Home > Uncategorized > Light aircraft & emergency landings

Light aircraft & emergency landings

In February 2008, my partner & I were flying home to Alice Springs from Archerfield (click on the Launch button to see air navigation map) (Brisbane’s general aviation airport). We’d not long flown past Oakey when my partner asked me if I thought one of the guages was dropping. Oil pressure. And yes it was. Only slightly, but we were due to fly over the Simpson Desert (known as the “great nothingness” or the “GFA”, “great f**k all”) later in the day, close to sunset and in to the night. Having to ditch a plane at night is not good.

It’s not good for a light plane to lose oil pressure, the engine will eventually seize up (quickly) and the plane stops flying. At that point, physics being what it is, gravity takes over and the plane falls out of the sky. Rapidly.

Partner has more than 30 years flying experience, many of them as an instrument rated pilot, so I trust his judgement. We discussed landing at nearby Dalby or even the army town of Oakey. In the end we opted to turn around and head back to Archerfield to have the plane looked at by mechanics we knew and trusted. Kept our eyes on both the electronic and manual guage, re-assessing gliding distances (should they be required) as we passed over or abeam each town with an airfield.

Had just passed Toowoomba & were in to RAAF Amberley’s airspace when the oil pressure dropped alarmingly. Ten minutes flying time in to Archerfield and the tower would no doubt have given us priority at a direct approach. We could do it. Couldn’t we? One more sudden, lurching drop in the pressure and Partner called it in, alerting the RAAF controllers we needed to make a precautionary landing at their airbase. They were terrific. Bit over the top we thought with the emergency vehicle turn out, but hey, it’s good practice for them to do the drills. RAAF personnel were great, assisting us to obtain oil of a grade suitable for our aircraft. Engineer friends at Archerfield were also terrific, pointing out various tests to do prior to determining whether it was safe to fly on to Archerfield for repairs. Did the engine run ups, seemed okay, I was given the option of not completing the flight if I felt unsafe. I chose to jump in to the passenger seat. Figured if the engine seized up, we’d be at a height that would enable us to glide in to Archerfield, easy.

We made it. The engine didn’t. Costly exercise. Took months but worth it. At least we didn’t make the 6pm news. 🙂

Time passes. Partner’s chosen to have a new auto-pilot installed in Qld. It’s a 2 step exercise, this was to be step 1. Step 1 went well, albeit with the usual delays.

That brings us up to today. Partner picked up the plane from the workshop at Gympie and headed home, planning to spend the night at Longreach. Gympie doesn’t have a fuel bowser, so he needed to land for re-fueling at Roma. He discovered an oil leak. A serious one. Not at all good news on an engine barely 12 months old.  Roma no longer has aviation maintenance personnel. The closest aircraft mechanic is in St George, a half hour’s flight away in the wrong direction. He can probably risk flying the Mooney to St George in the morning, but the repairs will take time and he needs to be back home in Alice Springs by Tuesday. St George doesn’t have much in the way of public transport back to Brisbane. Partner’s spoken with a close mate, one of the tower controllers here, a former aircraft mechanic. As long as the oil leak overnight and after a full engine run  up tomorrow morning, the plane should be safe enough to fly the couple of hours back to Archerfield in Brisbane’s southern suburbs.  Partner will confirm this with his chief mechanic in Gympie  first thing in the morning (off line over the w/end).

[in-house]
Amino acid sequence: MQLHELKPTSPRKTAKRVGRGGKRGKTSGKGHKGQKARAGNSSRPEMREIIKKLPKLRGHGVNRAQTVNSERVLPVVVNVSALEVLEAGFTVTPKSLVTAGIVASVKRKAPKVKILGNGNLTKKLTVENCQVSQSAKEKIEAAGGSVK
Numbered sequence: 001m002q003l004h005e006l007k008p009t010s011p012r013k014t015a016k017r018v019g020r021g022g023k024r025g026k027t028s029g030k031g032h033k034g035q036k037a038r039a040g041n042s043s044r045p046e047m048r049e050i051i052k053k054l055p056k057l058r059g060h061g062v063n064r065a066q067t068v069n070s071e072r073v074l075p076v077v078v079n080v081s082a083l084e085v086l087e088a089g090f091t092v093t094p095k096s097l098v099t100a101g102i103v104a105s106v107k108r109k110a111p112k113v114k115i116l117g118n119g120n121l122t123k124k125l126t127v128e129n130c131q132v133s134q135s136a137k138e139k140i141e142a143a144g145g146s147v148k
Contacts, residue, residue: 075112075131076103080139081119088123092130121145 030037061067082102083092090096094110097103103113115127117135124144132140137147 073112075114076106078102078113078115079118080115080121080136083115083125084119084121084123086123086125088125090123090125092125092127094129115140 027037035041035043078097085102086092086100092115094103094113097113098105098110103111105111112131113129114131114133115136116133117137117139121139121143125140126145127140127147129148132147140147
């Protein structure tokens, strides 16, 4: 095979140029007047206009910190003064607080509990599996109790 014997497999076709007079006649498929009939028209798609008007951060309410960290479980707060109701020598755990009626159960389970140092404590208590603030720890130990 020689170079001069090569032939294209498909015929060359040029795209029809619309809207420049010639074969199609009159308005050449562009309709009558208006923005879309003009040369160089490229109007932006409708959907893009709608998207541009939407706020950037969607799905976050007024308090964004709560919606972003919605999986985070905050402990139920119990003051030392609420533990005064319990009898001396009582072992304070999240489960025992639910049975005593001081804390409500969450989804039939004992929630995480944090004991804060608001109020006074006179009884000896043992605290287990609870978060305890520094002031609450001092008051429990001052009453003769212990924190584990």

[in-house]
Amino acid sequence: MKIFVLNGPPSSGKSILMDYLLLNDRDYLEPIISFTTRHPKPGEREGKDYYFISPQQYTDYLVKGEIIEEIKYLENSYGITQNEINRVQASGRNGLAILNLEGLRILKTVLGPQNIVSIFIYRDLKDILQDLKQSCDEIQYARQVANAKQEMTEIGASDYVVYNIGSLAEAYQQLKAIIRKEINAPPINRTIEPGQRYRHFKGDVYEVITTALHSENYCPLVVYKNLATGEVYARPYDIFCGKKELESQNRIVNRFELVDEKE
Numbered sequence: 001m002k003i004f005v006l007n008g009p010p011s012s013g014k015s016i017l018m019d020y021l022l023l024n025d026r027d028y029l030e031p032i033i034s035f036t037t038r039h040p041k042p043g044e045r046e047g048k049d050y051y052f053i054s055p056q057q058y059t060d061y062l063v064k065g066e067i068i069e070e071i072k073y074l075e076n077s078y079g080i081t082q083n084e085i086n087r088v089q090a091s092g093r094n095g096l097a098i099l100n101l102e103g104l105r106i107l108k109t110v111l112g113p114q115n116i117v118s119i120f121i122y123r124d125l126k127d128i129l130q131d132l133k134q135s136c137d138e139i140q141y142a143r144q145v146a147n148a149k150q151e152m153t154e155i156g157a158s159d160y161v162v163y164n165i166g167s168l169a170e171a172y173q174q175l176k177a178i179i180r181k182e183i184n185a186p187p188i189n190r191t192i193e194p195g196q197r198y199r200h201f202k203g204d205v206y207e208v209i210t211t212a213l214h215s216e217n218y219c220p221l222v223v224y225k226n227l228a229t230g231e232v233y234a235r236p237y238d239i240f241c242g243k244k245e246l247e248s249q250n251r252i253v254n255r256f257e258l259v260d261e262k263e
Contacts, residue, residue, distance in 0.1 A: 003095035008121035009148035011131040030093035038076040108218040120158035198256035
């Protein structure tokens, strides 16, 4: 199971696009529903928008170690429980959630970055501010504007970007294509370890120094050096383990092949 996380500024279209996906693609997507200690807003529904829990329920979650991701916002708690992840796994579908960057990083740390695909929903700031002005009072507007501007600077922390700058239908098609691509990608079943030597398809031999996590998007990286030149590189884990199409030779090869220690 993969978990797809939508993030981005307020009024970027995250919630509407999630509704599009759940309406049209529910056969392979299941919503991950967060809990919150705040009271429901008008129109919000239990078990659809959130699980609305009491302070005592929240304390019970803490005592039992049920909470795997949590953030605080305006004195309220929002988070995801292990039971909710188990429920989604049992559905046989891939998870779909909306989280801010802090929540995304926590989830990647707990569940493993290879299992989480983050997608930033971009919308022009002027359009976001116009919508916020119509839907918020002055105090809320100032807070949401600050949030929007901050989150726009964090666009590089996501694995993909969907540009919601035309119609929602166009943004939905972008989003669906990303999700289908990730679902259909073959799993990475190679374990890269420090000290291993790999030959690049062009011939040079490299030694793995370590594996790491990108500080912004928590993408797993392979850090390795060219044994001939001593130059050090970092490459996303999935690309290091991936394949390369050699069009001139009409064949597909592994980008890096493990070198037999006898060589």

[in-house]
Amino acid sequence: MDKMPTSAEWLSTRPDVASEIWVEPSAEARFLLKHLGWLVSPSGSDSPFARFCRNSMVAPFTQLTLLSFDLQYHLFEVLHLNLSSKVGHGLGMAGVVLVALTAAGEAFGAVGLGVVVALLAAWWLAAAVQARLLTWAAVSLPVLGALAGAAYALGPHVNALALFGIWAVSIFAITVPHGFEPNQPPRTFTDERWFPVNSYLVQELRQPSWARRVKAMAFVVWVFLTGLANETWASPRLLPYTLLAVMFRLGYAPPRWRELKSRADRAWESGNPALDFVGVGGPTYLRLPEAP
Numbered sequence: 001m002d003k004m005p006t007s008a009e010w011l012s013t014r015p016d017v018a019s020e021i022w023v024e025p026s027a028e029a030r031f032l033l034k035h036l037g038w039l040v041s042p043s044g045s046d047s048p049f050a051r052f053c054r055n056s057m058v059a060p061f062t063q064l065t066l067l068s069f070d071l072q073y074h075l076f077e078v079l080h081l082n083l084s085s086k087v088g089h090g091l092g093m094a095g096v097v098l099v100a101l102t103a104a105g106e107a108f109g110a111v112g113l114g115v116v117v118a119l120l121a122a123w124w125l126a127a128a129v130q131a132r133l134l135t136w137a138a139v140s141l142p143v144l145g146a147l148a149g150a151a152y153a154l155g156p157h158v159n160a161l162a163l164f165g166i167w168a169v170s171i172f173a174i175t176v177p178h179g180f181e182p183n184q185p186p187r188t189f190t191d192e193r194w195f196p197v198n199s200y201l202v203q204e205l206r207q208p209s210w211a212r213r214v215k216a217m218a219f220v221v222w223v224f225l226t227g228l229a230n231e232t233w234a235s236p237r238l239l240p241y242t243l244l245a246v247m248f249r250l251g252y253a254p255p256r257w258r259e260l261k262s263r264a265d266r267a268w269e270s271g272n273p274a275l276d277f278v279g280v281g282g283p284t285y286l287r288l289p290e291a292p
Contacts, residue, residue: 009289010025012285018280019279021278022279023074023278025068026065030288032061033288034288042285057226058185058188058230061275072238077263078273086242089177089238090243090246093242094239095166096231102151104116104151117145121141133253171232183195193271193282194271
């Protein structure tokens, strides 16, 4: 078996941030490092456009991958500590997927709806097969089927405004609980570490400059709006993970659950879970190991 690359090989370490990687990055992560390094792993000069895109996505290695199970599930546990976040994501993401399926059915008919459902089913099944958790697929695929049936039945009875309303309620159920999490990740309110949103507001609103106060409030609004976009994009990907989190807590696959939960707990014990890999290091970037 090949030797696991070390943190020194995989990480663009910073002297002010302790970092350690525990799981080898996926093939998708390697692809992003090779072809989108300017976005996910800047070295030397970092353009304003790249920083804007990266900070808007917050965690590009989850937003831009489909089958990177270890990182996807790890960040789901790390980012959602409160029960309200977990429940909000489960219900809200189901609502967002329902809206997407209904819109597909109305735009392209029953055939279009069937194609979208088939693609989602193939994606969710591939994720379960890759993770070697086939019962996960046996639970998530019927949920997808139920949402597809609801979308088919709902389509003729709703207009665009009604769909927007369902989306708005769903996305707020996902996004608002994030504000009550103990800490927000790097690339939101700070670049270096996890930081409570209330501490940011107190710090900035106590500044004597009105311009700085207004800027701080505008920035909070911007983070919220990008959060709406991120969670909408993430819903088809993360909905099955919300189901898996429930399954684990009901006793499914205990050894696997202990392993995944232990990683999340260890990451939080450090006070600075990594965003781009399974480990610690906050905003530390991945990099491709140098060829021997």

The plan is for him to fly, following the highway. It’ll keep him within ditching distance of the airfields of the small, rural towns west of Brissy.

I trust my partner’s flying skills. He’s completed the Mooney Pilot’s Safety Program a few times in recent years. In a full scale emergency he will do the right thing and do it well no doubt (that’s a PDF link by the way).

Gotta tell you, it’s scary to be contemplating this overnight. Doubt I’ll sleep that well tonight.

Have opted not to phone the family in Brissy, they might as well get some sleep, plenty of time for me to phone them tomorrow morning. They should be used to Partner returning to their doorstep with a smile and a “hi, had a problem with the plane …”.

Advertisements
  1. No comments yet.
  1. No trackbacks yet.

Leave a Reply

Fill in your details below or click an icon to log in:

WordPress.com Logo

You are commenting using your WordPress.com account. Log Out / Change )

Twitter picture

You are commenting using your Twitter account. Log Out / Change )

Facebook photo

You are commenting using your Facebook account. Log Out / Change )

Google+ photo

You are commenting using your Google+ account. Log Out / Change )

Connecting to %s

%d bloggers like this: